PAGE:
It’s not like I didn’t know about gender variance. I had been jerking off to trans porn for over a decade, the unfavorable reactions of my girlfriends over the years making me sure it was a shameful paraphilia. Trans was something other people were, transitioning was something other people did. I just had a weird fetish thing, probably.
It’s really funny how long we can go without questioning something.
But once I had provided myself with the thought that maaaybe gender was a slider, and maaaybe that slider was something I could control for me, the last keystone crumbled and the straining dam collapsed.
That would explain…
Pieces of long-forgotten errata started clicking into place, like a magic door assembling itself from scraps of rubbish.
Always sitting to pee as a kid, because I didn’t like touching my genitals. That time as a teen I found a box of old stockings and bras in the closet, put them on, and got off, robotically replacing them afterwards with no clue why I did it. The overtly feminine gestures that I only reigned in after bullying from the neighborhood kids. How every best friend I’d ever had save for one had been a girl. All of the goddamn shemale* porn.
Each of these things, individually, meant next to nothing, despite bothering me for years, but here was suddenly a unified theory that made a disturbing amount of sense.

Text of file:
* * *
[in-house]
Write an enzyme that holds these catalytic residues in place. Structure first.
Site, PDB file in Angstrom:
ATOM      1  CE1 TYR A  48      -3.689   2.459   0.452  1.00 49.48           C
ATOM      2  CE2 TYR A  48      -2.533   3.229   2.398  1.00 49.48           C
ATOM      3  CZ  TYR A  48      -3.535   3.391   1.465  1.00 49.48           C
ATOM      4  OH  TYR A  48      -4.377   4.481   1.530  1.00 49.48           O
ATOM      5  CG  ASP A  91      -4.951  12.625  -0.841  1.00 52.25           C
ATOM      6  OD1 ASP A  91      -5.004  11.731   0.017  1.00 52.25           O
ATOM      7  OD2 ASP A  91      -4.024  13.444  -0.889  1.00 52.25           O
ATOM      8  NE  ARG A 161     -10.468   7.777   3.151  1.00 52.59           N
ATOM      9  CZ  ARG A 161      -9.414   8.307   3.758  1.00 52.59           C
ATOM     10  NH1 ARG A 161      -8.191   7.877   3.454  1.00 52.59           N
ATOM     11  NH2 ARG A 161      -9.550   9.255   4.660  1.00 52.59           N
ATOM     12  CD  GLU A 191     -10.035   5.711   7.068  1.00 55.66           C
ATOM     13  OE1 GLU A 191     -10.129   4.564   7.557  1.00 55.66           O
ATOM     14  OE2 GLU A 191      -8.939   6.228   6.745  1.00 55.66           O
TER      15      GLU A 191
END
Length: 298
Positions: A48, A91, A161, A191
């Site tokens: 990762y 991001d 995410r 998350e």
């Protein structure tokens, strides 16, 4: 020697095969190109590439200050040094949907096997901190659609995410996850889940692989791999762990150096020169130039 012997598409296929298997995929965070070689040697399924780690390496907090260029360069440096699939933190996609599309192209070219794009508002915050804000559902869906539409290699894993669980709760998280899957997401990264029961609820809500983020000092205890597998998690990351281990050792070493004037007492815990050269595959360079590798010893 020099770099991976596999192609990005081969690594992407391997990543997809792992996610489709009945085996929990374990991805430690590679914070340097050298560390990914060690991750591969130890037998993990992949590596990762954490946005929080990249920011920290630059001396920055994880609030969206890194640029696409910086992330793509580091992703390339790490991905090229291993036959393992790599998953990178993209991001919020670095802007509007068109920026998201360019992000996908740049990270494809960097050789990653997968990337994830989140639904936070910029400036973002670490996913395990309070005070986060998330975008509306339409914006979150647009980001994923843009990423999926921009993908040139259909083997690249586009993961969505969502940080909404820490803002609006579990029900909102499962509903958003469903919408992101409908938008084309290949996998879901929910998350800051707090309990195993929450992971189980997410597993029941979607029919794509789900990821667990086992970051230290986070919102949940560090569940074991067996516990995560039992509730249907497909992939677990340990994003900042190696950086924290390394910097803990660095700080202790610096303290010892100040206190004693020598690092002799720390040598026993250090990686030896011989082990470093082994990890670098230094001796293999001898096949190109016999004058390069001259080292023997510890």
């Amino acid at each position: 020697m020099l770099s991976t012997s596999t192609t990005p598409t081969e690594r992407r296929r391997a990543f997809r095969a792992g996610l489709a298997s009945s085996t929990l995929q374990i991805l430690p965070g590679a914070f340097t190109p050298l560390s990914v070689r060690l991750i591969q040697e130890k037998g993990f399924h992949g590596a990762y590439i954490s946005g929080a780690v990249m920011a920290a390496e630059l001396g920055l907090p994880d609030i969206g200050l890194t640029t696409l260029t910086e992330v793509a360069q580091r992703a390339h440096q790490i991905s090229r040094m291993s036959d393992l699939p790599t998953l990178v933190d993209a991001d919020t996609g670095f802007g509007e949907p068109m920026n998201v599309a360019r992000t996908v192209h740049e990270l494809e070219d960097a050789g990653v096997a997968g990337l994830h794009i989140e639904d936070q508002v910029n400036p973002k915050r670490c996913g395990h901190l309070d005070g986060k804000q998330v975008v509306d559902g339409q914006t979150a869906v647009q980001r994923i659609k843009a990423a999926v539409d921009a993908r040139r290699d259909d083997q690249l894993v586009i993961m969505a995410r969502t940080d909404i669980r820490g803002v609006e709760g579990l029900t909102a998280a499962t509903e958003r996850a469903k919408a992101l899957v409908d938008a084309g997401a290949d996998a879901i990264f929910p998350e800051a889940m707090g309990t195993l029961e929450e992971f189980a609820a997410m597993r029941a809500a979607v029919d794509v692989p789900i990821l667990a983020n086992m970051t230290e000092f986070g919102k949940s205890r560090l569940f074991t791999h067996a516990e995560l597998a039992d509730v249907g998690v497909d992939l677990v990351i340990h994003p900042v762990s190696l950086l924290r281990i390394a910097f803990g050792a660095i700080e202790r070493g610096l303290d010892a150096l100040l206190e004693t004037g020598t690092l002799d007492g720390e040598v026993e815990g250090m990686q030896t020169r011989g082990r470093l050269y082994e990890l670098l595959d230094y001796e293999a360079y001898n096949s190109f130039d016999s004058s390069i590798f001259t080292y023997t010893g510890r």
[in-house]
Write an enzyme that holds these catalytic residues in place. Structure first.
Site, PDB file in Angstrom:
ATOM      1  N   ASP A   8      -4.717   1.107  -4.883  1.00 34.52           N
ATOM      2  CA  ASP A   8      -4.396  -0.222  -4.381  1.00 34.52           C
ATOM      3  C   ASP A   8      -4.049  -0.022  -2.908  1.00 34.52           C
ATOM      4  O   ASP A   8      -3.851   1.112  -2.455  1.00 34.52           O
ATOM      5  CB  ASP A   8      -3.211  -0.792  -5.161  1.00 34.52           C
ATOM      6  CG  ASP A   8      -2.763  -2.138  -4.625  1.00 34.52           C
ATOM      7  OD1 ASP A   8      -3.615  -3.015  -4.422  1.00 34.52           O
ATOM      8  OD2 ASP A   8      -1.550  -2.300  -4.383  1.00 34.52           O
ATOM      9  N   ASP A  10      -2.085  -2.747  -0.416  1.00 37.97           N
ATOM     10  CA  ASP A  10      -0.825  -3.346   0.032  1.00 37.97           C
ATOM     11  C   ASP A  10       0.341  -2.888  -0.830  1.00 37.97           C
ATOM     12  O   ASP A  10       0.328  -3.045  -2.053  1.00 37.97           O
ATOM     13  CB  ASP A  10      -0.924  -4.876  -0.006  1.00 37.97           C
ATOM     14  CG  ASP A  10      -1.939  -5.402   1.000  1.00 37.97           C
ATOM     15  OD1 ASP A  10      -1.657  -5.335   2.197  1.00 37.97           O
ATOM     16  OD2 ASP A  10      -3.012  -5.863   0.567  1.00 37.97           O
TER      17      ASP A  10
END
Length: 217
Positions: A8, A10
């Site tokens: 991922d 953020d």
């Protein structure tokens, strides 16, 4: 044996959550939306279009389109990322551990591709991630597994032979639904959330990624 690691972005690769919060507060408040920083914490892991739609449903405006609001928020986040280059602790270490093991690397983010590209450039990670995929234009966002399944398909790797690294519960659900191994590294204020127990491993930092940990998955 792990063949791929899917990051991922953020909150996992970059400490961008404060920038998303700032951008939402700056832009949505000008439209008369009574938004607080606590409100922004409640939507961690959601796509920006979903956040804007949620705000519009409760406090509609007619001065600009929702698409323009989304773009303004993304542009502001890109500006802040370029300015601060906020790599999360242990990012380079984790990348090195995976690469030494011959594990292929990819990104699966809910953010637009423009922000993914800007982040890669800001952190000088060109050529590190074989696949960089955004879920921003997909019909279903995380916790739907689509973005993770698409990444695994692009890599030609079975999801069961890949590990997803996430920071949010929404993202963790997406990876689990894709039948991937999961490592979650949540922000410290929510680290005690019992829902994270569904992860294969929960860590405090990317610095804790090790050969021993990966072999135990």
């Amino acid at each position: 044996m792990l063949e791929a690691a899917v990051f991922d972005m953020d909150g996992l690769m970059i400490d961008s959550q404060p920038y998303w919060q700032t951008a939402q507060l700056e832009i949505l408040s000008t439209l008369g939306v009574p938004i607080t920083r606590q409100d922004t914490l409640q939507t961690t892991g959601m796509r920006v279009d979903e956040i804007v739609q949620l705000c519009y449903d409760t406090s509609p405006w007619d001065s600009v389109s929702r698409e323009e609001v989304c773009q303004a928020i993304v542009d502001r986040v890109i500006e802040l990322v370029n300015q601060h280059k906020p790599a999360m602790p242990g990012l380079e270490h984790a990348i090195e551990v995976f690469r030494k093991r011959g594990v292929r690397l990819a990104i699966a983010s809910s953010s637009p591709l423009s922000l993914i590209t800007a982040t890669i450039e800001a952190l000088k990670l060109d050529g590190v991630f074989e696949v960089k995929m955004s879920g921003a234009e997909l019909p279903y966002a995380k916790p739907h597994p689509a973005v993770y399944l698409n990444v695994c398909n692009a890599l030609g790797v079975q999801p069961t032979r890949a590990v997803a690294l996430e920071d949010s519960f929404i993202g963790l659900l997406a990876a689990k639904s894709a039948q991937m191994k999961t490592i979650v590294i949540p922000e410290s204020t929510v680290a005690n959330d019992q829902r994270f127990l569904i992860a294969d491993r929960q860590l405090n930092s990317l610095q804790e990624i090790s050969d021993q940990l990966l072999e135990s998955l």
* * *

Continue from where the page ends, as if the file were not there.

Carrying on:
Do I want to be a feminine boy… or a masculine girl?
Ironically, I had just started to love my body. I finally looked good, after being a pudgy, pale homeschooled kid, then a young adult fat from depression in an abusive relationship, then a college kid on a slacker diet of food-court lunches, Monster and all-nighters.
But in my year of freedom, I had been running, dancing, hiking, climbing, walking—and it showed. Part of that self-love process was accepting that I was never going to be like other men, whose heads and hands seemed incomprehensibly larger than mine and whose values diverged from mine on almost every axis, save for the few more sensitive guys I befriended in college. Sensitivity was strength, I’d decided, especially after my lifelong comfort around women started paying dividends in the dating world. Beta male, indeed.
And that was the crux of it: my masculine form, I realized later, was only valuable to me insomuch as it allowed me to possess femininity, to have access to soft skin and breasts, to become entwined with a woman until our individual selves disappeared in a blur of codependency. Making myself stay single had inadvertently prevented me from doing that anymore, though I still spent way more time going on dates than doing most other things.
I never let myself be alone. I existed only in relation to others. I derived no sense of power from my body that felt intrinsic.
I went home that night and shaved off my beard, without fully understanding why. I spent the next day on /r/asktransgender, typing up my life story.
But it would still be over a year before I started calling myself trans.
* Shemale, tranny, and similar terms are highly offensive slurs, and used only by other trans people in the context of reclamation, or referring to the industries and cultures that market us as sensationalized and expendable commodities